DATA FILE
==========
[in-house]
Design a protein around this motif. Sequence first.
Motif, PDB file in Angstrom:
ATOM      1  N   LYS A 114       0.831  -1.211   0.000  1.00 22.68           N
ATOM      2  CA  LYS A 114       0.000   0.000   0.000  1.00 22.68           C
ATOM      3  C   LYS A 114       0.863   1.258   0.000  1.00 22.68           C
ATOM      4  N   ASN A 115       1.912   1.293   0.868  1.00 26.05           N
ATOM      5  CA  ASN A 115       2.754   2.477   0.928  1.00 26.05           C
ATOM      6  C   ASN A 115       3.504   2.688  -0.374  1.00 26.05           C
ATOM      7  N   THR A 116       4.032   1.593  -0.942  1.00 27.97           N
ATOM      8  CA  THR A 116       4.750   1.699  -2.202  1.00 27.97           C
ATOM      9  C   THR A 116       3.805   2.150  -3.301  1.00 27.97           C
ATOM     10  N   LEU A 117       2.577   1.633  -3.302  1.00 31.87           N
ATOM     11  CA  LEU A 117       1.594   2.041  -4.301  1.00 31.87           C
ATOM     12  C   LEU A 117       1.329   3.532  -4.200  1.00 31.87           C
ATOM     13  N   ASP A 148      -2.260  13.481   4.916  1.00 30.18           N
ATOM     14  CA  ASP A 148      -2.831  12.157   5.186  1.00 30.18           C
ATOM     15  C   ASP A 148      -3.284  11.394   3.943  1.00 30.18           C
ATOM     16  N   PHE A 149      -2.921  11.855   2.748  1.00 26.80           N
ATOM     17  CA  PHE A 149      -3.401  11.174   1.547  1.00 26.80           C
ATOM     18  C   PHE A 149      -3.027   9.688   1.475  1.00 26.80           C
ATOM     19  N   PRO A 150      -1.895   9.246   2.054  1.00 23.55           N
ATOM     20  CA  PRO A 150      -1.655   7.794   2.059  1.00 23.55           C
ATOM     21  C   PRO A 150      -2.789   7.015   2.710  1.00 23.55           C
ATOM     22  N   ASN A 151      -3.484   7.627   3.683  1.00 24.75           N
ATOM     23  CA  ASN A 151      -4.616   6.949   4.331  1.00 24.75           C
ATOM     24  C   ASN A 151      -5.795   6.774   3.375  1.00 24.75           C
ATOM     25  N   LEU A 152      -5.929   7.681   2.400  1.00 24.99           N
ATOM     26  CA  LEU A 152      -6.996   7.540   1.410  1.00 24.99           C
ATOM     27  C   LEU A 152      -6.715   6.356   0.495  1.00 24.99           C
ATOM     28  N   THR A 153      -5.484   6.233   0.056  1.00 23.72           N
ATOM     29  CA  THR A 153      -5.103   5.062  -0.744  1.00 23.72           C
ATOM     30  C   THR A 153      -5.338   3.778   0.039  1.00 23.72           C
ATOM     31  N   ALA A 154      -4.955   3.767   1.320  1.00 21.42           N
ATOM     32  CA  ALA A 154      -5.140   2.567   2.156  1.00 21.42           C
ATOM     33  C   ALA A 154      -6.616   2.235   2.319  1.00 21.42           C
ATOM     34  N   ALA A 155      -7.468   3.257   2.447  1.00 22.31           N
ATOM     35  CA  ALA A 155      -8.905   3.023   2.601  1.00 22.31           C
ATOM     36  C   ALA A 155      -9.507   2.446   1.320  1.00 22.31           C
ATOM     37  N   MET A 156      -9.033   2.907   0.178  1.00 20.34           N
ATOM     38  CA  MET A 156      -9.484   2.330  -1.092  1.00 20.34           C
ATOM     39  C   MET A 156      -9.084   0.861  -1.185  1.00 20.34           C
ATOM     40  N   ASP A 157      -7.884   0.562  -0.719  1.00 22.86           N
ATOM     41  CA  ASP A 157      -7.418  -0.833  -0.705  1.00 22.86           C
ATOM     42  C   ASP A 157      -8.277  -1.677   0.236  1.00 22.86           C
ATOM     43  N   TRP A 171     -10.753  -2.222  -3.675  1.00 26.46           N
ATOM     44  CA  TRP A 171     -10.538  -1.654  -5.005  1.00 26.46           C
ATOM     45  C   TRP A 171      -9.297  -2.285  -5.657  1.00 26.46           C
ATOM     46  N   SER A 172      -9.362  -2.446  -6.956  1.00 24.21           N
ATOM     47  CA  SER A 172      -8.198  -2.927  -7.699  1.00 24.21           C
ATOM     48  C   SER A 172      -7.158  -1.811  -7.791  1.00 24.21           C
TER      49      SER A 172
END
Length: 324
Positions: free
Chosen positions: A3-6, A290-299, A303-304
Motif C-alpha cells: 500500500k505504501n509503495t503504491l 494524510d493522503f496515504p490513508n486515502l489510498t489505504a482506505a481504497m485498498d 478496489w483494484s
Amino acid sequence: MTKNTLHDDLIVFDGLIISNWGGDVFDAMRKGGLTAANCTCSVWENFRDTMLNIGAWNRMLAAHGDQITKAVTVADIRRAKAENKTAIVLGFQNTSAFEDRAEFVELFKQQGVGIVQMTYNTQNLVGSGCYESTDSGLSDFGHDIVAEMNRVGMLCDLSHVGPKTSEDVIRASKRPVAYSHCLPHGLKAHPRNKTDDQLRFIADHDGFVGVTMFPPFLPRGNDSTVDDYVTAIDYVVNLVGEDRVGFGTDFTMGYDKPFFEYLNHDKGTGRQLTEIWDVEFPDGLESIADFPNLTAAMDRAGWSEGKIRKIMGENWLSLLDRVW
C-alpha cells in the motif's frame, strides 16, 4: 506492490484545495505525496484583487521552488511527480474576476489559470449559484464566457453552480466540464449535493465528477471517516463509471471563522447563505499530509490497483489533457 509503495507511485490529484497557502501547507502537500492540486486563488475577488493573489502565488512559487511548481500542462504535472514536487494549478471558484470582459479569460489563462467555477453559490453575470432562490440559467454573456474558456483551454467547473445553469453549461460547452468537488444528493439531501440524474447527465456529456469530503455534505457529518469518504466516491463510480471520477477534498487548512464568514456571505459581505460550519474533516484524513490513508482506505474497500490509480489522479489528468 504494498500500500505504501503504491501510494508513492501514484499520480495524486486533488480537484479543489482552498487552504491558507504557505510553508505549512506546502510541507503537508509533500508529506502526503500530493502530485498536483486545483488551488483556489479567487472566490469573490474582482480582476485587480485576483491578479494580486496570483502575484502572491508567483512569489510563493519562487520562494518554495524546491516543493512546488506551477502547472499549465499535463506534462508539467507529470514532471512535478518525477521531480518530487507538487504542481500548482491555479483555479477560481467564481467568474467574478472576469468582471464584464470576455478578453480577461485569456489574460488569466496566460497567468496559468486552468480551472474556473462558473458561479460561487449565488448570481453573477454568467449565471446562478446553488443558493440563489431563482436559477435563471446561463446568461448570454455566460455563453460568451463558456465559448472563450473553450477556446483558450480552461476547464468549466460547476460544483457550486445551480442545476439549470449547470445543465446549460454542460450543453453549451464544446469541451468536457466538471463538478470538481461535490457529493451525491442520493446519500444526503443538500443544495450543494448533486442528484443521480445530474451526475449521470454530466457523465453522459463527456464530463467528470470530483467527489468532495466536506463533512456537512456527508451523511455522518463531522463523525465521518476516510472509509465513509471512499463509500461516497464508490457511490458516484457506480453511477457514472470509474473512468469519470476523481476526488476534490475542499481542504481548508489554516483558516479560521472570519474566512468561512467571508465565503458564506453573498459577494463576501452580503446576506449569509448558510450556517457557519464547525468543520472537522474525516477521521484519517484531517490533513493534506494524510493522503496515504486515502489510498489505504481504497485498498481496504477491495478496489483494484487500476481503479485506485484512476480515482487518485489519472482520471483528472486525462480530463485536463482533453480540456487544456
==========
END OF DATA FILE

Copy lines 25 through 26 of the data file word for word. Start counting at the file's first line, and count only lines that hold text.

ATOM     22  N   ASN A 151      -3.484   7.627   3.683  1.00 24.75           N
ATOM     23  CA  ASN A 151      -4.616   6.949   4.331  1.00 24.75           C